adjective, fool·har·di·er, fool·har·di·est.

recklessly or thoughtlessly bold; foolishly rash or venturesome.

Origin of foolhardy

1175–1225; Middle English folhardy < Old French fol hardi. See fool1, hardy1
Related formsfool·har·di·ly, adverbfool·har·di·ness, noun

Synonyms for foolhardy Unabridged Based on the Random House Unabridged Dictionary, © Random House, Inc. 2019

Examples from the Web for foolhardy

Contemporary Examples of foolhardy

Historical Examples of foolhardy

  • But the fear and confidence of the coward or foolhardy or madman, on the contrary, are base?

  • You know, it occurred to me later that was a foolhardy thing to say!

  • Should you not have said that he was remarkable for his prudence rather than thoughtless or foolhardy?

  • Well, of all the foolhardy, cowardly tricks, I believe that takes the premium!

    Frank Merriwell's Cruise

    Burt L. Standish

  • Then what a pretty fix he would have got himself into, just by a foolhardy freak!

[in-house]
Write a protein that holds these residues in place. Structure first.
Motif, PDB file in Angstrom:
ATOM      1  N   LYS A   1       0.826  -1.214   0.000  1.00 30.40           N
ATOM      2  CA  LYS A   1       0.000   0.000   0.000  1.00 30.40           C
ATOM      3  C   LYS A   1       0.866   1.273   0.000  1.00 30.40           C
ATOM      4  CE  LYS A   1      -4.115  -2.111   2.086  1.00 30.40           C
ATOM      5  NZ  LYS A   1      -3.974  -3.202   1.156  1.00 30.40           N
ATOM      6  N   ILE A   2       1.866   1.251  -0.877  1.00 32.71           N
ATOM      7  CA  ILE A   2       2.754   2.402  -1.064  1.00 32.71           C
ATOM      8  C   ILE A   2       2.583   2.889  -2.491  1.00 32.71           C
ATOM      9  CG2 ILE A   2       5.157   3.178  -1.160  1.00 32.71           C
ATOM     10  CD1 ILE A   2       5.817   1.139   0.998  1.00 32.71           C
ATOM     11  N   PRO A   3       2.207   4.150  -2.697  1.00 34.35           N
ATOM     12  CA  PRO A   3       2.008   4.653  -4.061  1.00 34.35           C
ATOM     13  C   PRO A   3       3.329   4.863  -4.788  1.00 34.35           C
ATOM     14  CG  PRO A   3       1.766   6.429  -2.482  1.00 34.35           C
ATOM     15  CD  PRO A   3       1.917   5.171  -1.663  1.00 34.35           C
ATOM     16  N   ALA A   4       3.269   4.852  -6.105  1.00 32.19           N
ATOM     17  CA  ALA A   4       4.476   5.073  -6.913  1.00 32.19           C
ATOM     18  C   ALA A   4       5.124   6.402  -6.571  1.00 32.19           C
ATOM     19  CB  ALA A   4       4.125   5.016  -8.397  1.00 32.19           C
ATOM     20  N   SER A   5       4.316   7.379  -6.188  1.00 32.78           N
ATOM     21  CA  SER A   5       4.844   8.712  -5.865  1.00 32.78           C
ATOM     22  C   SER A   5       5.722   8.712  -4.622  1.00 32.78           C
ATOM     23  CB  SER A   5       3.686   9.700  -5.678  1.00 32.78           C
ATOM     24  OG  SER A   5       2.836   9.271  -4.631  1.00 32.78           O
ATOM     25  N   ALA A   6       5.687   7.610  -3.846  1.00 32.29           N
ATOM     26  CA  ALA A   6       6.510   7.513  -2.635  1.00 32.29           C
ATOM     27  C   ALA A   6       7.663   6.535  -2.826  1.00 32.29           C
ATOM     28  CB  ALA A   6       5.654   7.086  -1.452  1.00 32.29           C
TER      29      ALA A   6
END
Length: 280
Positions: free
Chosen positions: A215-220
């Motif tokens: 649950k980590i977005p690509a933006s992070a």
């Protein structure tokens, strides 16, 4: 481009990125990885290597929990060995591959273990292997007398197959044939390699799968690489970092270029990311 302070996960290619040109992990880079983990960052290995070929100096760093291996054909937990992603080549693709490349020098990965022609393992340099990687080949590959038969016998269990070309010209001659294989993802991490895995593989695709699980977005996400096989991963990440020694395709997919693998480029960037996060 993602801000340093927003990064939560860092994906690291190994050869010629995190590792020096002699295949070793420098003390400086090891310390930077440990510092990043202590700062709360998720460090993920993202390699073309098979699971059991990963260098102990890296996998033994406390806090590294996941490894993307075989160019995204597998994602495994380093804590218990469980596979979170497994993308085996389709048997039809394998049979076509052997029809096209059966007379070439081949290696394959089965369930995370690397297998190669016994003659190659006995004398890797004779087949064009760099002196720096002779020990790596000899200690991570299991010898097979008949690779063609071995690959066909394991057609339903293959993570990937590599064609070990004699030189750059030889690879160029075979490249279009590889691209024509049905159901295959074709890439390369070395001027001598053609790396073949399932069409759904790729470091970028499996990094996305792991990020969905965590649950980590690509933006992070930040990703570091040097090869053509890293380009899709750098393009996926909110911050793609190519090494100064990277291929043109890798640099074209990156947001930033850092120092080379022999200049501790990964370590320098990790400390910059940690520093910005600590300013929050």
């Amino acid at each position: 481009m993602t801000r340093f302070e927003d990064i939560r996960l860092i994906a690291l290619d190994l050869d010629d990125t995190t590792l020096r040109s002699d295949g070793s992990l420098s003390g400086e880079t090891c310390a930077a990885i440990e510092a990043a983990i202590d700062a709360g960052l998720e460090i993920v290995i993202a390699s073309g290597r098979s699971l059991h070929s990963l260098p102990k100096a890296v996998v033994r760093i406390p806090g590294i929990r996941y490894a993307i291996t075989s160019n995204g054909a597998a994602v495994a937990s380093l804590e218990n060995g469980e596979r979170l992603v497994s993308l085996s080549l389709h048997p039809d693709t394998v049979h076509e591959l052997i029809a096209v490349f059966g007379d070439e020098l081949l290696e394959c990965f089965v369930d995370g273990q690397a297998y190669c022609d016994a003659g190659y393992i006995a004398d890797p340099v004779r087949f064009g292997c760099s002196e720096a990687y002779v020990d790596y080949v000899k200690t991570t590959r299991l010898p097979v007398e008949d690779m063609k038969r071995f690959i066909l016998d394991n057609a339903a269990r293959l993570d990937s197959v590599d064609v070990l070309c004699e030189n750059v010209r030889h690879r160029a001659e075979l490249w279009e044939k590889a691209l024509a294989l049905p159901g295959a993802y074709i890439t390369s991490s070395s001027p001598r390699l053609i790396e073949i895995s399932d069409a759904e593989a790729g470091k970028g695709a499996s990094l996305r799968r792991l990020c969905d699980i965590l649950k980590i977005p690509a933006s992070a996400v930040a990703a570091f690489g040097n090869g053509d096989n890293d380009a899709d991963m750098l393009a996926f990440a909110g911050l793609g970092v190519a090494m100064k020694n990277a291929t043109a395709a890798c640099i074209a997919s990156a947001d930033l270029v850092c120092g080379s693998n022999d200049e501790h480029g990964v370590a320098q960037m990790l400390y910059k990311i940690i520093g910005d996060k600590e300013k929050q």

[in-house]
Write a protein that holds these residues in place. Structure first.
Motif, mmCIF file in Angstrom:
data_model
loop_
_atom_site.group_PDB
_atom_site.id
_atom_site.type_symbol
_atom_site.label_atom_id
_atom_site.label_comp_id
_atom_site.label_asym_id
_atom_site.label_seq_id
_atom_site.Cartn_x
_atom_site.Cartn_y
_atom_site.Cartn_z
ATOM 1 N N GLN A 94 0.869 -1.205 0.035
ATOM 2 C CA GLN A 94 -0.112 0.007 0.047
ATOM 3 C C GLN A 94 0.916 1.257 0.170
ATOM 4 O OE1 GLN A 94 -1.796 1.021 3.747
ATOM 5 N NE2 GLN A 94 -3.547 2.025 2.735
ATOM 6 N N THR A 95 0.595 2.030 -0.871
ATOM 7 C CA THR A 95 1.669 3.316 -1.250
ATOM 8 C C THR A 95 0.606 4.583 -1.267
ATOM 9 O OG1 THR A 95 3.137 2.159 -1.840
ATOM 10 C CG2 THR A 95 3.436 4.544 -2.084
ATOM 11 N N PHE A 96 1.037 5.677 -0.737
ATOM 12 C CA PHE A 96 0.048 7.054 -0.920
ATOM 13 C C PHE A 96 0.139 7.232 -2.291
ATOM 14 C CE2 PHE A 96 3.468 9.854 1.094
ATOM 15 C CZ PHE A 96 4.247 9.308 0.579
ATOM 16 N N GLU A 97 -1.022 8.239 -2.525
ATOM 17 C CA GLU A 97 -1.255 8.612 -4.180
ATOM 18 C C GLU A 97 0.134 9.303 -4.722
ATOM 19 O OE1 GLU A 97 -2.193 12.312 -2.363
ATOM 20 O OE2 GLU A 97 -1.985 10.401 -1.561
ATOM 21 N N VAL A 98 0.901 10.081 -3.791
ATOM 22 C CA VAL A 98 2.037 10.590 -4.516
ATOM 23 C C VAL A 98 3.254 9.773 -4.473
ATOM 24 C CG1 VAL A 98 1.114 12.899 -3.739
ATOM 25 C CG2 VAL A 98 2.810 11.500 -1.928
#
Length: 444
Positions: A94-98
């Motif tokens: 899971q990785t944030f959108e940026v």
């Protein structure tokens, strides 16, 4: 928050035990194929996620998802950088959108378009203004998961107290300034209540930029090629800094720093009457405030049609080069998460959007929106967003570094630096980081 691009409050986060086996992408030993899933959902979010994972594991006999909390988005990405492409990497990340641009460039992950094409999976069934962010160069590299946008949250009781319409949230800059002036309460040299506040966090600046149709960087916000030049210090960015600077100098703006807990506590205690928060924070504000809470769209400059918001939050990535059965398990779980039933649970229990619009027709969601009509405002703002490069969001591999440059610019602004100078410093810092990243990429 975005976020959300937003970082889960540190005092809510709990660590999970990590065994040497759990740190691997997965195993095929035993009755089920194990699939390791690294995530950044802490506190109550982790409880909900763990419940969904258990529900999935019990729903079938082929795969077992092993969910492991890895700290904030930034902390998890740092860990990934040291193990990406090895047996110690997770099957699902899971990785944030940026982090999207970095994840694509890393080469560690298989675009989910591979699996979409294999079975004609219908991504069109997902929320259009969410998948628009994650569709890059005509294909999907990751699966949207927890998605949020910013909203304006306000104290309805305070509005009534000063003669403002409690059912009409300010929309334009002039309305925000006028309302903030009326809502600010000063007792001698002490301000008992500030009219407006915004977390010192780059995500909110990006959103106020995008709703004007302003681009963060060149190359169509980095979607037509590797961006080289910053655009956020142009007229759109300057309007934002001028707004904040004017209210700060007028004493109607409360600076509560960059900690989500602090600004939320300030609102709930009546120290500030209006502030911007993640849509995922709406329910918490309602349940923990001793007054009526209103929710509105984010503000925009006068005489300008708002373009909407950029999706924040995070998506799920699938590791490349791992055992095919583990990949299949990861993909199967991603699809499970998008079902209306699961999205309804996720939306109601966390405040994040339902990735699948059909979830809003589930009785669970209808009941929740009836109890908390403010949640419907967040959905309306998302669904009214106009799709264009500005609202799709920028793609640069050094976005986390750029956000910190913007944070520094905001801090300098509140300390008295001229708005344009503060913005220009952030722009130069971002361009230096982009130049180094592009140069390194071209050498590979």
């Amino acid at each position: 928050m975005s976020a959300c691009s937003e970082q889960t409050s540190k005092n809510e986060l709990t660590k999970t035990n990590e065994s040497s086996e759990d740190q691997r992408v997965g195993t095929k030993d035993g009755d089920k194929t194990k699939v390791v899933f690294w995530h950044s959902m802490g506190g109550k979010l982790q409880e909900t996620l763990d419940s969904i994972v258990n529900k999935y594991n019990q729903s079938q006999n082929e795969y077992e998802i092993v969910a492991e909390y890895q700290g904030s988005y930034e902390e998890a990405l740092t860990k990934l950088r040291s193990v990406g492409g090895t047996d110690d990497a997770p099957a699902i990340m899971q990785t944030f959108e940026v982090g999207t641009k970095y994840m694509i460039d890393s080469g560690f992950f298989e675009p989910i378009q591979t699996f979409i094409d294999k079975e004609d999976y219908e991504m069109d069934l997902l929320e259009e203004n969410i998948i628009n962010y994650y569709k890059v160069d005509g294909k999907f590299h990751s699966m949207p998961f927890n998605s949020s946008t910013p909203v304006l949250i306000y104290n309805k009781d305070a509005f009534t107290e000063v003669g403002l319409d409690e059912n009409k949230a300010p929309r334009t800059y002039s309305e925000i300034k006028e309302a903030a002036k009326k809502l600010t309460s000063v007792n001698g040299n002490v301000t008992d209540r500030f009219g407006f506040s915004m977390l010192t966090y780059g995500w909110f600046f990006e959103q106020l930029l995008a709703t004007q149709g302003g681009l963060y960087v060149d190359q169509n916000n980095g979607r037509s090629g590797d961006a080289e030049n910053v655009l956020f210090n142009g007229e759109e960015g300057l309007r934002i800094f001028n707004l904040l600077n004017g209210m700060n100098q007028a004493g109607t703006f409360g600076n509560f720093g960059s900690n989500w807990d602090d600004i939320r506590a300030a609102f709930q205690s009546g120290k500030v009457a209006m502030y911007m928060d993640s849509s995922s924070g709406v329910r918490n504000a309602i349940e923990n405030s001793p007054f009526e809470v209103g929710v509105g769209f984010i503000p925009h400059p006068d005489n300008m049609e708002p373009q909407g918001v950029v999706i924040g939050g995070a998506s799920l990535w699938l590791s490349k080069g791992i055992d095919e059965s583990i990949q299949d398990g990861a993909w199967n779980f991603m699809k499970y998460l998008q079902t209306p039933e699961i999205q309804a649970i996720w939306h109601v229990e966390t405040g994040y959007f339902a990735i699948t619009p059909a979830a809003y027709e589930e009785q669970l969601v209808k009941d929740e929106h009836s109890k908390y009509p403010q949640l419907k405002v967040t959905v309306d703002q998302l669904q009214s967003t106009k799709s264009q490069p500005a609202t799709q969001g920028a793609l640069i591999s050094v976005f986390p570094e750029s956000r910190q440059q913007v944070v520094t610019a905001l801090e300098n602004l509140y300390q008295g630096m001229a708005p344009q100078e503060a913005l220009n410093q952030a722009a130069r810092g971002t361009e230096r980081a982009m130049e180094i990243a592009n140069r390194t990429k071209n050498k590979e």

Potts's Painless Cure

    Edward Bellamy

British Dictionary definitions for foolhardy


adjective -hardier or -hardiest

heedlessly rash or adventurous
Derived Formsfoolhardily, adverbfoolhardiness, noun

Word Origin for foolhardy

C13: from Old French fol hardi, from fol foolish + hardi bold
Collins English Dictionary - Complete & Unabridged 2012 Digital Edition © William Collins Sons & Co. Ltd. 1979, 1986 © HarperCollins Publishers 1998, 2000, 2003, 2005, 2006, 2007, 2009, 2012

Word Origin and History for foolhardy

early 13c., from fool (n.) + Middle English hardi "bold;" hence "foolishly brave" (see hardy). Cf. Old French fol hardi.

Online Etymology Dictionary, © 2010 Douglas Harper